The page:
Japan’s Asahi Shimbun will name Shiro Nakamura as its first ever in-house public editor next month, the newspaper told iMediaEthics. Asahi Shimbun will hire three more public editors, for a total of four, working together effective this month.
Last year, Asahi Shimbun, which is Japan’s “second largest circulating daily newspaper” with 7.6 million circulation in the morning, retracted three huge reports.
Jun Okamoto, Chief of Public Affairs Division for The Asahi Shimbun, said that Nakamura began working February 1 to set up its public editor positions.
“He is now working on inviting other public editors from outside” to be part of the team of public editors, Okamoto told iMediaEthics. “Mr. Nakamura, who used to be our staff writer for the political news department as well as the international news editor, was Director Advertising Division in Tokyo until January,” Okamoto told iMediaEthics by e-mail.
First, the newspaper retracted claims from writer Seiji Yoshida. In at least 16 stories since 1982, the paper published Yoshida’s claims of helping kidnap 200 women during World War II to be “comfort women” working in brothels.
Next, the paper admitted it published a false story saying workers at the Fukushima nuclear plant disobeyed orders and fled the plant, as iMediaEthics reported.
Finally, the paper admitted publishing a 2012 fake interview with Nintendo’s president.
As a result of all of those debacles, earlier this year, the paper announced it would start a public editor role for reader complaints and reactions.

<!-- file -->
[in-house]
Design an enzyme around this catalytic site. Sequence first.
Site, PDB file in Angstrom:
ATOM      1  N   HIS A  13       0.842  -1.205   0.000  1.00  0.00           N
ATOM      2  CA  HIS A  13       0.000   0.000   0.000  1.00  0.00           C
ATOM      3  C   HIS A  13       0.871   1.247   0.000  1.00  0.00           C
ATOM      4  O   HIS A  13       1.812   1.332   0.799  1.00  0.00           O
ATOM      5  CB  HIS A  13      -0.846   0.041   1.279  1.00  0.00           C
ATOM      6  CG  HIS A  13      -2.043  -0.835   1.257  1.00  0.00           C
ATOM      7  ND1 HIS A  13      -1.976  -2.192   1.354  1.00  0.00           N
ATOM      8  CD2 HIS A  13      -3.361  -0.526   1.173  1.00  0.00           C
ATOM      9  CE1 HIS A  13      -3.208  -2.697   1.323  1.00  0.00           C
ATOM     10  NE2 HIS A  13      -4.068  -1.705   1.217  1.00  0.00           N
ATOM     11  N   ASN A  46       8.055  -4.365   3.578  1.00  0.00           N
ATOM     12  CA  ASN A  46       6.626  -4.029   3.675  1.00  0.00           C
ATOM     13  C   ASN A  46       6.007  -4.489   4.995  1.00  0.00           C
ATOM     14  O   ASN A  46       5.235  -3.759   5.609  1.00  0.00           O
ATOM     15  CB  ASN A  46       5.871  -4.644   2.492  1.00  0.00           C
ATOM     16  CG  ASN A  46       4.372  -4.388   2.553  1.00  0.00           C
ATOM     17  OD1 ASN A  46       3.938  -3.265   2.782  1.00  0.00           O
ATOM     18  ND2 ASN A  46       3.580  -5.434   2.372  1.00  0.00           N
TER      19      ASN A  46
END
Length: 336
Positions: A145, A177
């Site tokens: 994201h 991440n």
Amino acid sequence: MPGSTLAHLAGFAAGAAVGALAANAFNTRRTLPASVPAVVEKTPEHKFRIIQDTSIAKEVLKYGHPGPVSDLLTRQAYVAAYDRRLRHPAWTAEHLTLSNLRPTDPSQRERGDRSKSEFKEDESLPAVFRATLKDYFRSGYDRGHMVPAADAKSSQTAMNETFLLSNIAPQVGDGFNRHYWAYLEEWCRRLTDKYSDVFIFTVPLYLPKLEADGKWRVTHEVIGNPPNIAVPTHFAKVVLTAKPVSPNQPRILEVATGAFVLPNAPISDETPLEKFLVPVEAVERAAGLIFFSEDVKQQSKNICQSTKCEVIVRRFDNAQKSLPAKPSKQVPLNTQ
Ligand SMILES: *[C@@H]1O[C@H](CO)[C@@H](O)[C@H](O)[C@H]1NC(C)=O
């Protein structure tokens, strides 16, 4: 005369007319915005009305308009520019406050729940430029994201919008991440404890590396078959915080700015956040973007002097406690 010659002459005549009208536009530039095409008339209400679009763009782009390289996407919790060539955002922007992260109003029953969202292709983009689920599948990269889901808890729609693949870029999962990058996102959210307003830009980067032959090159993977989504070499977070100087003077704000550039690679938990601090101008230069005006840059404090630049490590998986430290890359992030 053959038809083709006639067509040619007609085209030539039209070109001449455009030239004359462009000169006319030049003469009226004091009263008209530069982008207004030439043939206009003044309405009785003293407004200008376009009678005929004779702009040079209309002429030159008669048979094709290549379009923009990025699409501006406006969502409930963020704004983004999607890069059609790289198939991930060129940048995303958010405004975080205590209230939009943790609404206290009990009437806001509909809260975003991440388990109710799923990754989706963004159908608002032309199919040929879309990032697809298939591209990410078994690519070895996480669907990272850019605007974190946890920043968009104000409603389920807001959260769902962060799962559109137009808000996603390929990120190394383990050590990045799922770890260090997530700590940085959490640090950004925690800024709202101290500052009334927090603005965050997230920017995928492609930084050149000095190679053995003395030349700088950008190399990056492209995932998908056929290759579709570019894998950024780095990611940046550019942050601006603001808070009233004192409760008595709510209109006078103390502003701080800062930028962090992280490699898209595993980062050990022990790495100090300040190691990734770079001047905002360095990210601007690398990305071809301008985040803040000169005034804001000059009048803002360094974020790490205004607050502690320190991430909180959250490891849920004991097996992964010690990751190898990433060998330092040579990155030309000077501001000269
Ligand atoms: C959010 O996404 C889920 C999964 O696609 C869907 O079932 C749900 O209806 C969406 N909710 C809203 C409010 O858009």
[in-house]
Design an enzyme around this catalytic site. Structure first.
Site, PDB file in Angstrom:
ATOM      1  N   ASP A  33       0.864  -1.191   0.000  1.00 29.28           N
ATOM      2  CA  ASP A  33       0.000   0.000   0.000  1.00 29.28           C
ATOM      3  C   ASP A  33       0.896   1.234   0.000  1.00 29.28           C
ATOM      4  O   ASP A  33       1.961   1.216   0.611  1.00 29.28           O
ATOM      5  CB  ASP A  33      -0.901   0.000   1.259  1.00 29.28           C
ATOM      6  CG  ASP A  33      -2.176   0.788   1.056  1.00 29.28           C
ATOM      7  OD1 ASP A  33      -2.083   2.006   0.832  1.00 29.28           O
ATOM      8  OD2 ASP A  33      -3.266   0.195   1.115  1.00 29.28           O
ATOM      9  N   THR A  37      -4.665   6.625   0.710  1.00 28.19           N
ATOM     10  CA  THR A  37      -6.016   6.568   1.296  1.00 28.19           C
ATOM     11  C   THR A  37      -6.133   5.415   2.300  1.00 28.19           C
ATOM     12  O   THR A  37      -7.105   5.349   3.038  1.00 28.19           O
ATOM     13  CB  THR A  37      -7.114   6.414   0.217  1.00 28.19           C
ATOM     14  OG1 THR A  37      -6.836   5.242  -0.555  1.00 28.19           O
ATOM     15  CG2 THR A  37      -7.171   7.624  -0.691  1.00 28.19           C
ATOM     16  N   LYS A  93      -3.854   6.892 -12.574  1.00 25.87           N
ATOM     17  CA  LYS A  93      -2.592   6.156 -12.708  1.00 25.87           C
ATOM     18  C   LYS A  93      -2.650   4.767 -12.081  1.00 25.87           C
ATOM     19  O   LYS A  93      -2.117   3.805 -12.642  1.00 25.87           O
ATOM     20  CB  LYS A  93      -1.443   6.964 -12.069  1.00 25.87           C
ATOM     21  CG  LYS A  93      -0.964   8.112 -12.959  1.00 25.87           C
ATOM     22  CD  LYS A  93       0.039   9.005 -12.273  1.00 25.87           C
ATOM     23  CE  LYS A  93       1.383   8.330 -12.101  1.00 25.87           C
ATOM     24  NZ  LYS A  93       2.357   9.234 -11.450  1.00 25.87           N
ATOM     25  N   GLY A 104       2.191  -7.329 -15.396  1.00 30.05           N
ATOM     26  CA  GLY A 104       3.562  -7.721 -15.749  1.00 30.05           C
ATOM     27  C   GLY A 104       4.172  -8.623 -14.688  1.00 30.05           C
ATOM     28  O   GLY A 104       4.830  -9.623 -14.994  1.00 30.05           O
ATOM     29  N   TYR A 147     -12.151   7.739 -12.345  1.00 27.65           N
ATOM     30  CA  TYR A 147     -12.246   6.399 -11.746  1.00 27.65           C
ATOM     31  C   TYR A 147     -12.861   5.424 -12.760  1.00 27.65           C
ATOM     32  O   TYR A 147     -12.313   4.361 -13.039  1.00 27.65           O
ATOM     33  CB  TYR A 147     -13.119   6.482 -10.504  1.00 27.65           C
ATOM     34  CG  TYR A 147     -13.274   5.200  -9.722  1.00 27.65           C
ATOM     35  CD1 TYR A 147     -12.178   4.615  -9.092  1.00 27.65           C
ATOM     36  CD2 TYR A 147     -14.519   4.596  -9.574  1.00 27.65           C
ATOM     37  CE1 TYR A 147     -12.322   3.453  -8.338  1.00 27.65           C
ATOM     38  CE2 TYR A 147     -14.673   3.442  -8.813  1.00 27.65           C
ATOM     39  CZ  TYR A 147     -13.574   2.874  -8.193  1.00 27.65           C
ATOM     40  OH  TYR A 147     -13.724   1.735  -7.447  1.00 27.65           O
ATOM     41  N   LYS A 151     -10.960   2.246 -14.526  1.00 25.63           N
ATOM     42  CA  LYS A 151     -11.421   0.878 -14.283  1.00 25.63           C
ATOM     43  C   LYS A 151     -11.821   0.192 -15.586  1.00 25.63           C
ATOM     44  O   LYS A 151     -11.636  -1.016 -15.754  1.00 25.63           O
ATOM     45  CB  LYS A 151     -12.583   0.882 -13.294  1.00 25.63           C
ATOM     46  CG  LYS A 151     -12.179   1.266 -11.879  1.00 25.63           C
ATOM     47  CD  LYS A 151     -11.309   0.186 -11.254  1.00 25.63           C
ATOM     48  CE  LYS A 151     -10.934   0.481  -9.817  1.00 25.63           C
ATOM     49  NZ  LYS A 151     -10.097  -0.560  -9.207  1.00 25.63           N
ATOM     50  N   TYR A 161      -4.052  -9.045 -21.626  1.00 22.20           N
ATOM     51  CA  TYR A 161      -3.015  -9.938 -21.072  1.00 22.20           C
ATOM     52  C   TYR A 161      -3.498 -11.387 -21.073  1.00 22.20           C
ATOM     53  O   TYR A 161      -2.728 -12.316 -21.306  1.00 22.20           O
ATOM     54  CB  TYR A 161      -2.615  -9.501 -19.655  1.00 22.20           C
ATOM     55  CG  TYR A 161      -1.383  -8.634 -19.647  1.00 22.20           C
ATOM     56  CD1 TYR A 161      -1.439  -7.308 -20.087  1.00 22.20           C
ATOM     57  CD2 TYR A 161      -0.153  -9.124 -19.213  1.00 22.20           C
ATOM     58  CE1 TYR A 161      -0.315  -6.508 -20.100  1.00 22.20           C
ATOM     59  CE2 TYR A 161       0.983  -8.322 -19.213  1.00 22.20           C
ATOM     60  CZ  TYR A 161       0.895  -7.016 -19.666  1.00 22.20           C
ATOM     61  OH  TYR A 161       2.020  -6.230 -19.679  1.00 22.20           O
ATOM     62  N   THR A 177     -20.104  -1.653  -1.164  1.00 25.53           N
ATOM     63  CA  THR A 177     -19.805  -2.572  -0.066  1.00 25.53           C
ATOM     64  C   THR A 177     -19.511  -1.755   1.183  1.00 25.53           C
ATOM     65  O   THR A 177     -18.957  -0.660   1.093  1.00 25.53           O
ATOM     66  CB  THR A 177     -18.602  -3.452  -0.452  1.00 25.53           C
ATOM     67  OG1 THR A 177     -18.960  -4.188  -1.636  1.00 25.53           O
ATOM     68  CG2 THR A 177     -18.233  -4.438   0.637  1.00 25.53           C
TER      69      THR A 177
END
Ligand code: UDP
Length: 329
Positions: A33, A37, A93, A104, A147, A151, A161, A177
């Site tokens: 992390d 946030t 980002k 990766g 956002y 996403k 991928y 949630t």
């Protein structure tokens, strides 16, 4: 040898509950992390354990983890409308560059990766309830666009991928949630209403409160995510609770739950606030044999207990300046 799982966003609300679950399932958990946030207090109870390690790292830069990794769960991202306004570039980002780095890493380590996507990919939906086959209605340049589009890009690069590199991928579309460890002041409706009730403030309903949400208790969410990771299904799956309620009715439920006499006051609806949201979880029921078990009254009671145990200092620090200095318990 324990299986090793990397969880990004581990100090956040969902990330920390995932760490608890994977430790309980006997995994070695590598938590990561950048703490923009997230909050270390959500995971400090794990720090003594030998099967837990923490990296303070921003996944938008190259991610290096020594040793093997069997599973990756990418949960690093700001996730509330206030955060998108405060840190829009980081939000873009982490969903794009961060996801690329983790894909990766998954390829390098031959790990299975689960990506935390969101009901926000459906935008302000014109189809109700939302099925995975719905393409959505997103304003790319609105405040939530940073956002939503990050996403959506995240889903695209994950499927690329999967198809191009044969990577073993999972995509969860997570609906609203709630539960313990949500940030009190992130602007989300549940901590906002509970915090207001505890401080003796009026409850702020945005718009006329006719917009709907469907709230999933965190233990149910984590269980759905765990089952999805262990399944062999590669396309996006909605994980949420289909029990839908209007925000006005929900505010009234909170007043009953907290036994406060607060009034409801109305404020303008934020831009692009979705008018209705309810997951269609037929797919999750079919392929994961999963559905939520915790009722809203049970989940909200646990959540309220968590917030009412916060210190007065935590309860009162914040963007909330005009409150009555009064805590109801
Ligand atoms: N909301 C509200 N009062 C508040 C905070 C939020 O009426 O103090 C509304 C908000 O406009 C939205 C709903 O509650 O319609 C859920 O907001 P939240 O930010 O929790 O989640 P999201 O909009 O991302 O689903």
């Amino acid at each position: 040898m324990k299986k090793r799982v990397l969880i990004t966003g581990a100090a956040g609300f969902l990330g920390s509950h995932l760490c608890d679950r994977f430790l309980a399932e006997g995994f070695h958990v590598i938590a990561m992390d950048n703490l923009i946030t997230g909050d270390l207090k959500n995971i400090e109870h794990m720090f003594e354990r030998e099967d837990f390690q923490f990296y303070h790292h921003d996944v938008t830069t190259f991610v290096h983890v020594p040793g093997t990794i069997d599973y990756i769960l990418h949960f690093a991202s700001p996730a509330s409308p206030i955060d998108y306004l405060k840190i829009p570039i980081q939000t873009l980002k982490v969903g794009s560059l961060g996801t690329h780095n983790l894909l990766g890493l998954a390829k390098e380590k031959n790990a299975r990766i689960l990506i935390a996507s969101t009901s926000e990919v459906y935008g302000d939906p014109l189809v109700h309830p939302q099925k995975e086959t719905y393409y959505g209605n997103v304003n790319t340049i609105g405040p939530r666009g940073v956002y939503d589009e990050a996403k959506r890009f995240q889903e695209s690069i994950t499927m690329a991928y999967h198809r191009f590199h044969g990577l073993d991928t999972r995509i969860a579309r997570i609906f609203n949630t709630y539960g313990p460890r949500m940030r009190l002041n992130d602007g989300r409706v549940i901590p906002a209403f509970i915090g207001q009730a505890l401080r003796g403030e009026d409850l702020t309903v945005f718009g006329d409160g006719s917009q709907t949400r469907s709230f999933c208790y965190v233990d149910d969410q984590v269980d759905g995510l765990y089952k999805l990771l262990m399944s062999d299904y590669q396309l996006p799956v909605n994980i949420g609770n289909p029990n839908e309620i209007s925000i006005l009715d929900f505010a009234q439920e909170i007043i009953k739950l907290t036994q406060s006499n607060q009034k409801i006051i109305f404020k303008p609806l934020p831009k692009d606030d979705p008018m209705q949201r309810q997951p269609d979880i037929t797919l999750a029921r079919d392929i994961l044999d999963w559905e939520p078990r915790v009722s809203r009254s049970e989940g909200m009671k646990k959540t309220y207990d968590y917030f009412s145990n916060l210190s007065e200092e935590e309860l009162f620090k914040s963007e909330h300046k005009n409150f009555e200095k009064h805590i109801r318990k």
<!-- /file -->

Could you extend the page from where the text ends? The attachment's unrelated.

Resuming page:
The paper’s Okamoto told iMediaEthics this month that three of public editors will be independent but the fourth, the in-house public editor Nakamura, won’t be, Okamoto said. “We will announce names of the there independent PEs soon,” iMediaEthics was told.
“Our public editors will comprehensively put together opinions and complaints raised about our articles by those outside of The Asahi Shimbun so as to have them reflected in news coverage,” Okamoto explained. “Public editors could also express their own views over our articles on our paper and website.”
Okamoto said the paper decided it had to hire public editors because of the three big scandals last year. “We are deeply taking to heart the criticism that we lacked humility toward facts and truth and held an insufficient posture of lending an ear to criticism from society,” Okamoto wrote.
In addition to the new public editors, Okamoto said it is “creating a “forum section” that will publish a variety of opinions,” and publishing all of its corrections in one place in its newspaper.
Okamoto noted that the paper “dissolved” its Committee for Restoration of Trust and Resuscitation in January after it helped create an “Action Plan” with the Asahi Shimbun‘s president to help regain readers’ trust.